Celebrating peace, respect with culture

KINGSTON — After six years of using its teepee primarily for conflict resolution, the students and staff at Spectrum Community School finally decided it was time to properly honor it Thursday morning.

And they did it the best way they knew how —  expressing themselves through their own unique ways.

Musicians shared their music and poets their words while students expressed their gratitude for their teachers and peers and teachers commended students on their growth as young adults. In addition, the S’Klallam Dancers from Wolfle Elementary School performed songs and dances with Spectrum’s Native American Club.

“We want to make it a school function,” said student government member Anika Auld.

The teepee, built in the Nez Perce tribal style, is used for conflict mediation and other events on campus, but was highly spoken of in regards to helping maintain the peace.

One of the school’s annual goals is to make it through the year without a fight, explained teacher Phil Davis. And the school has accomplished that in the past, going two years without a fight, Davis added, and last year, there was just one.

Many students attribute such success to the canvas and timber structure located behind the school. If there are disagreements or arguments on campus, the involved parties go to the teepee to talk it out. Sage is burned afterwards if they come to a resolution.

The idea for the teepee started about six years ago, when students constructed one within a grove of alder trees near the school, Davis said. The school’s human rights club decided to expand on the idea and have a teepee constructed on campus. Students learned about the Nez Perce style of teepee and had help in creating the canvas cover and handpicking the timber to construct it. While there was never really a celebration each year when putting it up, it was always up and available for students and staff to use.

“To make sure that if there is an issue, it can be resolved without violence,” Auld said about how they used it. “Everyone can be included.”

In addition to the teepee, the school also started two pride boards, where students can write about what they are proud of, such as their heritage or lifestyle choice. One is a white erase board is that will be erased every week while the other is a table top that will be permanent. Davis said kids were writing such items on table tops at school, so they took an old table and let them do just that Thursday and will display it for everyone to see.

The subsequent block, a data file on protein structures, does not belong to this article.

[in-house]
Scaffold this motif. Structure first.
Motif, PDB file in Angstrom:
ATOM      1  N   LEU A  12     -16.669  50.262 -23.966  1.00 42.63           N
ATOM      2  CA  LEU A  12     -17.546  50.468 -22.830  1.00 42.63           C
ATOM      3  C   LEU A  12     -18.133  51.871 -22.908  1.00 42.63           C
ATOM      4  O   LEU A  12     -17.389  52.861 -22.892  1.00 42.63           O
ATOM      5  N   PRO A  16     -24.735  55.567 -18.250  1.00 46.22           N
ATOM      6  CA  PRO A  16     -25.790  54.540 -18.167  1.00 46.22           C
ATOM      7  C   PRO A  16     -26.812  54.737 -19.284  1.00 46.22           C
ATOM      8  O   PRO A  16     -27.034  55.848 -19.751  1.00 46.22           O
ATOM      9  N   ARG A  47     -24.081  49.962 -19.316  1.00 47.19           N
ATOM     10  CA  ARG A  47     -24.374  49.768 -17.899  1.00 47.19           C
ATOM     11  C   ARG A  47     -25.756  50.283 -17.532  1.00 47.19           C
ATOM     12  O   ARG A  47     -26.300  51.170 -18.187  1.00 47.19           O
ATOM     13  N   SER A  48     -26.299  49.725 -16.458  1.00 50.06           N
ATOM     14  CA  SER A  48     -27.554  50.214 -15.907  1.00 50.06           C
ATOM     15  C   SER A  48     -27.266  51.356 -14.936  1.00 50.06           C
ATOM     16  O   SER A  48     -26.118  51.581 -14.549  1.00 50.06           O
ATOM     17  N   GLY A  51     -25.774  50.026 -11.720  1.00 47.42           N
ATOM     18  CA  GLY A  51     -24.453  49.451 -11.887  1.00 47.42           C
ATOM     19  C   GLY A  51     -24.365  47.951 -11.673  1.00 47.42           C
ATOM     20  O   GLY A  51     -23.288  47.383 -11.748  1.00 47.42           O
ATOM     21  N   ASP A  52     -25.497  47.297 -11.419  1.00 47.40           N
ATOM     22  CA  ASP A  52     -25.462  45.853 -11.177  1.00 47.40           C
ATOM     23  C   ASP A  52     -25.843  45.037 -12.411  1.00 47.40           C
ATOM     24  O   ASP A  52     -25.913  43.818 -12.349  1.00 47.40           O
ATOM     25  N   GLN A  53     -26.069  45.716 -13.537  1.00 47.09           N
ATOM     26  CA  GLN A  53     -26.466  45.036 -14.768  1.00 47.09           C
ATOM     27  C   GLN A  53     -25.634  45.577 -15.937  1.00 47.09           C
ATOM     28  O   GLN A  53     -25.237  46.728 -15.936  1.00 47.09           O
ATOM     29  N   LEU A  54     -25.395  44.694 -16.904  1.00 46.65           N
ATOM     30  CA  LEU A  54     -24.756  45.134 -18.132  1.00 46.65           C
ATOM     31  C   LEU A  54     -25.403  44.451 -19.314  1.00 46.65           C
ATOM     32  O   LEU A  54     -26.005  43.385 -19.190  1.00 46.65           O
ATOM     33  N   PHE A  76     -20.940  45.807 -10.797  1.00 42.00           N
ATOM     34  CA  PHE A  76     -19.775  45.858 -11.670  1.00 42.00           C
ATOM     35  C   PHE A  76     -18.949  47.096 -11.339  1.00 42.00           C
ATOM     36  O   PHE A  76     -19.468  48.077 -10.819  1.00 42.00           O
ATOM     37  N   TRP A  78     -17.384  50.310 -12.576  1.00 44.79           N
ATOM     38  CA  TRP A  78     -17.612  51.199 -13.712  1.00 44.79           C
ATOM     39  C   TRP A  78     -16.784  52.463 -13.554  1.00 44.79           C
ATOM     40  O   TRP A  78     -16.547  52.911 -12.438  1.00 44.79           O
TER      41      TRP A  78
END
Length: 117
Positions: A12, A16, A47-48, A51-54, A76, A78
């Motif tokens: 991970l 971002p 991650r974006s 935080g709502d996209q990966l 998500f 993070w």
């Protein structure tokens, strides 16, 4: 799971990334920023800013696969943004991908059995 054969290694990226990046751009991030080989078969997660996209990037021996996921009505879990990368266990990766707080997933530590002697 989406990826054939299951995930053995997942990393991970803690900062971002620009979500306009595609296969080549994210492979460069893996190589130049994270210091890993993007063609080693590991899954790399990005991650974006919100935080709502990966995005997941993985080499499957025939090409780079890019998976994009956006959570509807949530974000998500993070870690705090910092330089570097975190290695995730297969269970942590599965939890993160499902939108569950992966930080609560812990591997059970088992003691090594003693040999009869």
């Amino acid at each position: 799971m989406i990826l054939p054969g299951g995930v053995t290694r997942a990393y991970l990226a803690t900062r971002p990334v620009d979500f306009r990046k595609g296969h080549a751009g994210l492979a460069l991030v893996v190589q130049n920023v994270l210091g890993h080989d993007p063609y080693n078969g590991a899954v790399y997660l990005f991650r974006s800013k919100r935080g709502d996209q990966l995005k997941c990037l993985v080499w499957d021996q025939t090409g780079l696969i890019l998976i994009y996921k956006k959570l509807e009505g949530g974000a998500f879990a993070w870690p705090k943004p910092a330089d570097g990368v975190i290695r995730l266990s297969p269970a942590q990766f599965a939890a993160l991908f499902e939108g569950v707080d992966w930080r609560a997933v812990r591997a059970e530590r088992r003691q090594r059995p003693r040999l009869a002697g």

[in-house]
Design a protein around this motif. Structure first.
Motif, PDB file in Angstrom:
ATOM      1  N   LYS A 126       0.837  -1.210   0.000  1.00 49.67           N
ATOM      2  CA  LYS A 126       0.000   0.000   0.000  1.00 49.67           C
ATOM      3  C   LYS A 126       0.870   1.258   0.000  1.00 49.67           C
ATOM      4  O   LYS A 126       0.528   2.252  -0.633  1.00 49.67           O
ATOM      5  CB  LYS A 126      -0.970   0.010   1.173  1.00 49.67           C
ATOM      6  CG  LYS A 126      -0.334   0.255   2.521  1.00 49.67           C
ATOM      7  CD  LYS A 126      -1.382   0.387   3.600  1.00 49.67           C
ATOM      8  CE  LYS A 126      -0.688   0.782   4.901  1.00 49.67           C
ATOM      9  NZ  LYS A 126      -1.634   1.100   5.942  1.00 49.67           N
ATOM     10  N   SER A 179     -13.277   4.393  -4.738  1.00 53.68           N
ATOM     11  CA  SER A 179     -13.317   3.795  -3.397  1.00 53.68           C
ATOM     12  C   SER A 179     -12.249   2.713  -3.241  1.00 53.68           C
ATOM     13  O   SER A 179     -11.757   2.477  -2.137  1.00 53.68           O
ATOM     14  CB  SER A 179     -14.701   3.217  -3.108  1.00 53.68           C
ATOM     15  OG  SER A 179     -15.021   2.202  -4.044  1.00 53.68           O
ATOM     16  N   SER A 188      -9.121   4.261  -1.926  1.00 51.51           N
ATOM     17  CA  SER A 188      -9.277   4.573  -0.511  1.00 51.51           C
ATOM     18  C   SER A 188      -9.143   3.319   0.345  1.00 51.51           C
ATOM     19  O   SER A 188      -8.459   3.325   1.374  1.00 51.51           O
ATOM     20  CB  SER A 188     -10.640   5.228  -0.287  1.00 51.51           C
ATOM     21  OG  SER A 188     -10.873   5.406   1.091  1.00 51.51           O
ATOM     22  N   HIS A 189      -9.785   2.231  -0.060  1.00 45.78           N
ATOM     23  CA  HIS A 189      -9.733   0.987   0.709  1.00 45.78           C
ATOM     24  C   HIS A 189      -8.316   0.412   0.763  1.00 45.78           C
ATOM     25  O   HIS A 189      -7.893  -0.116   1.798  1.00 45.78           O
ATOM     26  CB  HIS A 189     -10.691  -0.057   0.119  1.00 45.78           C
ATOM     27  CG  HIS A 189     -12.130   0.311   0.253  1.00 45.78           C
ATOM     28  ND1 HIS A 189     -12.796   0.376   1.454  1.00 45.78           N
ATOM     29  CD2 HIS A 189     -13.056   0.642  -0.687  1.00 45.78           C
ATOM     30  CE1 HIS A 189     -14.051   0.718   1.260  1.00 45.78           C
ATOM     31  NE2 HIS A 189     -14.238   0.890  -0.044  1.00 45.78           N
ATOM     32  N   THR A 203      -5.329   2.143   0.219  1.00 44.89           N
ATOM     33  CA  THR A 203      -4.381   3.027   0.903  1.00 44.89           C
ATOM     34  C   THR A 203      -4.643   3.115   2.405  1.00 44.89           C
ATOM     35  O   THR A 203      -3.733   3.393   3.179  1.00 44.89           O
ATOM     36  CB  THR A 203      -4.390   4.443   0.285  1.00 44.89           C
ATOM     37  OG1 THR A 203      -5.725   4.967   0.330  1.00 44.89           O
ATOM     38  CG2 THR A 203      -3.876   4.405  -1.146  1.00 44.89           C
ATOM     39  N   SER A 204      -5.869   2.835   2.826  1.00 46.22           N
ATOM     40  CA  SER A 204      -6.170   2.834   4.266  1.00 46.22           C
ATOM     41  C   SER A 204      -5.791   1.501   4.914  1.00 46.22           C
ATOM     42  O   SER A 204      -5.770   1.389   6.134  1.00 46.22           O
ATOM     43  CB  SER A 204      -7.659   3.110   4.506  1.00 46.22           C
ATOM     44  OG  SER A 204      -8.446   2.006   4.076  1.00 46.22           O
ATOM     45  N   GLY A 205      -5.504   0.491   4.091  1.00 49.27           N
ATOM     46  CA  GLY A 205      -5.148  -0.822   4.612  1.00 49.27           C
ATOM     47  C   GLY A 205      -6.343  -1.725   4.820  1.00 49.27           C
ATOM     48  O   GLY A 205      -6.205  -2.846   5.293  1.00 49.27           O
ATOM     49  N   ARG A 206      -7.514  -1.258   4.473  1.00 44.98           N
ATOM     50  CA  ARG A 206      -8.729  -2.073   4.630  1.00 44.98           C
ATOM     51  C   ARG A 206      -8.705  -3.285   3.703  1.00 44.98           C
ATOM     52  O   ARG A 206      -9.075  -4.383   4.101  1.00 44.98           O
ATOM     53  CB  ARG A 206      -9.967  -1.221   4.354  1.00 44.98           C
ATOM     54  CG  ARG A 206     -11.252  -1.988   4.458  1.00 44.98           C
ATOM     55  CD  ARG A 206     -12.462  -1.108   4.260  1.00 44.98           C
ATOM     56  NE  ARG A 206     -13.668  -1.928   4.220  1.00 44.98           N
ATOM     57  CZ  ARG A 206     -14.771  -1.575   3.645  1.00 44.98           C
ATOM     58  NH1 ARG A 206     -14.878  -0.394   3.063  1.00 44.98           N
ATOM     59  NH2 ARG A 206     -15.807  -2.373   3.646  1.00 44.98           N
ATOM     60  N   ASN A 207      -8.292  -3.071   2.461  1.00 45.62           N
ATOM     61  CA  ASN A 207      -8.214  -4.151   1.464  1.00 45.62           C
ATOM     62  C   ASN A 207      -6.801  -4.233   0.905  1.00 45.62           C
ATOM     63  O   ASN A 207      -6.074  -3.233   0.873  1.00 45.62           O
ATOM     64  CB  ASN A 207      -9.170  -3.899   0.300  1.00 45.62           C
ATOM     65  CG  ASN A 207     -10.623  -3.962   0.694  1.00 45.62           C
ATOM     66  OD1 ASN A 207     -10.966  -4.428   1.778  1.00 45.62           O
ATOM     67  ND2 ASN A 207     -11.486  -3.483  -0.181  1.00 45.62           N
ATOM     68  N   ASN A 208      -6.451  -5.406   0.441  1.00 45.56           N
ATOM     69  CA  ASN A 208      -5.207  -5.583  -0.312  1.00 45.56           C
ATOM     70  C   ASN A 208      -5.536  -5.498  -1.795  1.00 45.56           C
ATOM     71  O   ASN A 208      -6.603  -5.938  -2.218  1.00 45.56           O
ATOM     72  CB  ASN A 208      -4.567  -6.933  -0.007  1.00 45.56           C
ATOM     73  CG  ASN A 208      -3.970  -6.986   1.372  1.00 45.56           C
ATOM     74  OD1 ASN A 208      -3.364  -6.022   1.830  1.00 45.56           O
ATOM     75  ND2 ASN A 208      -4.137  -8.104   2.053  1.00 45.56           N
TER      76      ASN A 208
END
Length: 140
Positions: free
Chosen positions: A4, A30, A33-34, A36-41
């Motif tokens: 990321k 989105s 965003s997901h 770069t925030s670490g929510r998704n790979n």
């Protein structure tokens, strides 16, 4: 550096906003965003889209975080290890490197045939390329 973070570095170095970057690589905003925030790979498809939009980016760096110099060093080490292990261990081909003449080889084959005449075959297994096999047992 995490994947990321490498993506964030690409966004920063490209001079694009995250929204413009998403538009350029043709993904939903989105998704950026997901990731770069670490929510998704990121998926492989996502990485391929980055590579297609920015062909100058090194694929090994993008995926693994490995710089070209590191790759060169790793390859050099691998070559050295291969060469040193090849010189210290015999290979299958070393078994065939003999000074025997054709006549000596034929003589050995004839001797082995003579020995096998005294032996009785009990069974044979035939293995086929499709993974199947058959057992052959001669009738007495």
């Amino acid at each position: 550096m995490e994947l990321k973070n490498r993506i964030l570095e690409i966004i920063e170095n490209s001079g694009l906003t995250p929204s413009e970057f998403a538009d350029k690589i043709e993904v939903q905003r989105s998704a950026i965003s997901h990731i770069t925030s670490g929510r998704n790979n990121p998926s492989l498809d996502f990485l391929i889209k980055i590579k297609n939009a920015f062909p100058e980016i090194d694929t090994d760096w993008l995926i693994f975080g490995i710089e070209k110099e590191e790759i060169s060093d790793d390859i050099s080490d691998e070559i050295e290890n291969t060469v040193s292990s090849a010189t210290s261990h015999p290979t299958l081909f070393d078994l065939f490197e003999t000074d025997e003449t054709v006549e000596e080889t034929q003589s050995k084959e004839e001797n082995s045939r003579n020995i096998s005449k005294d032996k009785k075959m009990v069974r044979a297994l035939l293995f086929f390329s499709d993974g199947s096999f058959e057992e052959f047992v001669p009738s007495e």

Students and teachers had a chance to speak about how they have grown during their time at Spectrum, just before the teepee was ceremoniously raised.

Freshman Mitchell Cartmel asked his fellow students to help try and break down existing cliques and be respectful of each other.

“Respect and friendliness will make the year go by faster,” he said.

Super senior Blake Absher said he’s spoken at celebrations like this when he first came to the school, and at the time, felt he sounded very confident and sure of himself. However, it wasn’t until a few years later he came to know who that self-assured person really was.

“Learn who you are — it’s a great place to do it,” he said.

Dustin Richards, a student on the school’s human rights board, believes Spectrum stands out because of these type of activities.

“It’s great that we’re the only school in Kitsap County that does stuff like this,” he said.

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